It's usually not wise to evaluate the significance of a dream or concept (today's term) car when first shown. It can take five or more years before the concept design can be compared to features appearing on production cars. The 1955 Motorama is long gone, so I thought it might be interesting to put one of its dream cars into a proper context.
The car I have in mind is the Oldsmobile 88 Delta, a hardtop (pillarless) coupe, a popular body type back then. I last mentioned it here when writing about odd dream car wheel openings. Oldsmobiles were redesigned for the 1954 model year and due for a 1957 restyling. The 88 Delta was probably designed during 1954 when the production '55 facelift was largely established and the basic body forms (though not all details) of the redesigned 1957s were known.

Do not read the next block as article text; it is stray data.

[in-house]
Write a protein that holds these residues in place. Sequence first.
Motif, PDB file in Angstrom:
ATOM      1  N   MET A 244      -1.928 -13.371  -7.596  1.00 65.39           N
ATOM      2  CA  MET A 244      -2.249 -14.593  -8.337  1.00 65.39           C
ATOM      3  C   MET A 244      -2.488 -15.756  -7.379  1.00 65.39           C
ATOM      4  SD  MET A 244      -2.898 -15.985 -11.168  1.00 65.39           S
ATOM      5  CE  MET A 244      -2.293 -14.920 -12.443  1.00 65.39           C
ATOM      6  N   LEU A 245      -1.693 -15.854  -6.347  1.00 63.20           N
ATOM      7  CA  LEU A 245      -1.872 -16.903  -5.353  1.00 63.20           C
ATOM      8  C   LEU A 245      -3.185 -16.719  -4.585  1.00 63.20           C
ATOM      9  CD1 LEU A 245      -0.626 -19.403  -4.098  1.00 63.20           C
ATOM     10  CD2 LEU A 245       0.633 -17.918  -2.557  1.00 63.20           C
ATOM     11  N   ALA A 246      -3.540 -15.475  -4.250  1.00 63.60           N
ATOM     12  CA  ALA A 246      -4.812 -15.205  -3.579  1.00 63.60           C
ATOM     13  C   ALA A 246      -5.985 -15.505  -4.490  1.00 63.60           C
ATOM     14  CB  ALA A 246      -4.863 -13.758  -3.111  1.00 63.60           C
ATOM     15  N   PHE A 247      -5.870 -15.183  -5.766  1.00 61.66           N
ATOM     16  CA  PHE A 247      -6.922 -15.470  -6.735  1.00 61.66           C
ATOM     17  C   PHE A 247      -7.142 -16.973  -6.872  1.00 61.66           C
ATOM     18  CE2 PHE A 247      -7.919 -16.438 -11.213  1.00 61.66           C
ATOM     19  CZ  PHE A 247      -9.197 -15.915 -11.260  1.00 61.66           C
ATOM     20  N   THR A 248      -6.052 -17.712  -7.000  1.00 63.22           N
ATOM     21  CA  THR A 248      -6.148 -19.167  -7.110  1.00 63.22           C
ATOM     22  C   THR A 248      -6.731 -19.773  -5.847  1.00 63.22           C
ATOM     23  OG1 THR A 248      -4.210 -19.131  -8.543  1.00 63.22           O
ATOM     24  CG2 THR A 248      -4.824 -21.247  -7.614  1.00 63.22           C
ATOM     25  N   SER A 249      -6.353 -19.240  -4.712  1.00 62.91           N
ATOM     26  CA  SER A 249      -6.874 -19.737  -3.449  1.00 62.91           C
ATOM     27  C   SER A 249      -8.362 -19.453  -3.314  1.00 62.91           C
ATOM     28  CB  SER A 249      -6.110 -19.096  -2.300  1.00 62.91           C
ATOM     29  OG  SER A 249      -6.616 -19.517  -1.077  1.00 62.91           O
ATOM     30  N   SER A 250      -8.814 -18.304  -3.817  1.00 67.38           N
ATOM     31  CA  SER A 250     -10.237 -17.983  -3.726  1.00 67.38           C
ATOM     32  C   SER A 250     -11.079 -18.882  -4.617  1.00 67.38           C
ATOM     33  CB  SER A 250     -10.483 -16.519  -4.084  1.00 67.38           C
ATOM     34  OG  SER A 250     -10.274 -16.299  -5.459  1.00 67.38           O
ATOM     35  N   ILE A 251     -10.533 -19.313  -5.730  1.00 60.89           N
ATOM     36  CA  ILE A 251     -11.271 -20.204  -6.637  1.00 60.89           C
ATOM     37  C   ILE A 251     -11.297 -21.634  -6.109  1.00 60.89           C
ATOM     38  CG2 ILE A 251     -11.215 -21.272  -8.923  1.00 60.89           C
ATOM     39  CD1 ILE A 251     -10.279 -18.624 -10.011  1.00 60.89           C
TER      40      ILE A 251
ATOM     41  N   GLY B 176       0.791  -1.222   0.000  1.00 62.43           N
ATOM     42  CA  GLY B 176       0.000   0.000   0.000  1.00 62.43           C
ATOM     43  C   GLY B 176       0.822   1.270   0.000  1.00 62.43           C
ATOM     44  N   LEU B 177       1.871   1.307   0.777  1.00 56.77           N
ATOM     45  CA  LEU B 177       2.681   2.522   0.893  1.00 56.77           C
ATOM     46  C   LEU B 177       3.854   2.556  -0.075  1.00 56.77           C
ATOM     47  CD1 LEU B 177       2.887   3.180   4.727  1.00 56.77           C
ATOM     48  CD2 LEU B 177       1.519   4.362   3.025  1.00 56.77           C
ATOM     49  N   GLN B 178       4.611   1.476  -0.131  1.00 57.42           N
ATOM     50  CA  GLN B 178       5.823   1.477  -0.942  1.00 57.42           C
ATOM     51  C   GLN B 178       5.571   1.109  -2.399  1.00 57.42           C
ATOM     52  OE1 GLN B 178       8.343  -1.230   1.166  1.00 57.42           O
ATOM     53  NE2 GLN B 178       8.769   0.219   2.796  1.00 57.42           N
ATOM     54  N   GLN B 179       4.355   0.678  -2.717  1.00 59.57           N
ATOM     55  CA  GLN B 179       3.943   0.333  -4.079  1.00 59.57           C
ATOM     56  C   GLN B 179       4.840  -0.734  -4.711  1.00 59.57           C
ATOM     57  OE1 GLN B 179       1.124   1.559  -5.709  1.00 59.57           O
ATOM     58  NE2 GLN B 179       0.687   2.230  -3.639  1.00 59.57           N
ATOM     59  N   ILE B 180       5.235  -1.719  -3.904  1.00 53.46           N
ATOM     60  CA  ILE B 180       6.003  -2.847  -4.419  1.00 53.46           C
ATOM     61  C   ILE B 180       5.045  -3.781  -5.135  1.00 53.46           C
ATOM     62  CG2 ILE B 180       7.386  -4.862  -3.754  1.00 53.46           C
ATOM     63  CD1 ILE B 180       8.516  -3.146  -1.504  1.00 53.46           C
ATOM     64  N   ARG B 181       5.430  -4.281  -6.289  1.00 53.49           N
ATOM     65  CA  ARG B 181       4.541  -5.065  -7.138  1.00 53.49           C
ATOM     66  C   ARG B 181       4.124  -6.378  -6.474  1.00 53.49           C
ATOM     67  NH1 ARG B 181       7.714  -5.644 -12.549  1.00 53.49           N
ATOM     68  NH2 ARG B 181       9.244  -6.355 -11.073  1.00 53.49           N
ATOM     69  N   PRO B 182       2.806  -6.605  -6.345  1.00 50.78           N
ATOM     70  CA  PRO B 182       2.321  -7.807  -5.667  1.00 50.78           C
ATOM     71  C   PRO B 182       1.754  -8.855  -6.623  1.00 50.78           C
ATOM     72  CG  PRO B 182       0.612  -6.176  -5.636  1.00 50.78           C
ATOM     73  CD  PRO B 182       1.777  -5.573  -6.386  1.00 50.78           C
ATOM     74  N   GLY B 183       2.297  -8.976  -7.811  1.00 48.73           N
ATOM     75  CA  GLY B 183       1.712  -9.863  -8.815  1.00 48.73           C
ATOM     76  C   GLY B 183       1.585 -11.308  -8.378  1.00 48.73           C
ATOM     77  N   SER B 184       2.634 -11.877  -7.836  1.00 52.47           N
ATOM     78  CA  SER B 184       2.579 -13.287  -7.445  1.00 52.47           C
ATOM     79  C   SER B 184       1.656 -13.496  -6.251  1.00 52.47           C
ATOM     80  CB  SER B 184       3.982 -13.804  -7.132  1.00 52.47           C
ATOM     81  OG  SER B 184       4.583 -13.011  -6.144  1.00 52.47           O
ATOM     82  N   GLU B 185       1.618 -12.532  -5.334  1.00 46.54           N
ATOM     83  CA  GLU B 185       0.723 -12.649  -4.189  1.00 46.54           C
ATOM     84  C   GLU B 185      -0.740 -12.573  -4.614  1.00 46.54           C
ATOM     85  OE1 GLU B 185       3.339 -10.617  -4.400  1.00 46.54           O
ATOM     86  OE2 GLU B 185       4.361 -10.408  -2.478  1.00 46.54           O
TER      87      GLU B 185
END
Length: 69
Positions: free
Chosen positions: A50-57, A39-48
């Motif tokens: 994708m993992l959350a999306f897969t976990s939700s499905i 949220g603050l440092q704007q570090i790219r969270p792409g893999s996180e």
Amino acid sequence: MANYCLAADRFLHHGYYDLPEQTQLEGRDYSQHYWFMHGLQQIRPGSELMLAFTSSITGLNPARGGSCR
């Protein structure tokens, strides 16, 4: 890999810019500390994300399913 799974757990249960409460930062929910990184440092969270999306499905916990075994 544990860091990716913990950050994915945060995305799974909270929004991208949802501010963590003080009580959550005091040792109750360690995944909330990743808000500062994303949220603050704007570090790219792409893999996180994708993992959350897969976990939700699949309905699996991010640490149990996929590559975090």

This makes me wonder what the point of the 88 Delta dream car design was. It wasn't way-out futuristic, one of those styling staff showoff jobs. Instead, with some changes to make it street-practical, it was basically what a future GM production car might have been.
Perhaps it, the Strato-Star and some other '55 Motorama dream cars represent a direction Harley Earl had in mind as his final designs before his 1958 retirement. Such cars would have appeared in the 1959 or 1960 model years. But the taut, finned, commercially successful 1957 Chrysler Corporation line provoked a rebellion in Earl's staff and GM styling took a direction different from that of the 88 Delta.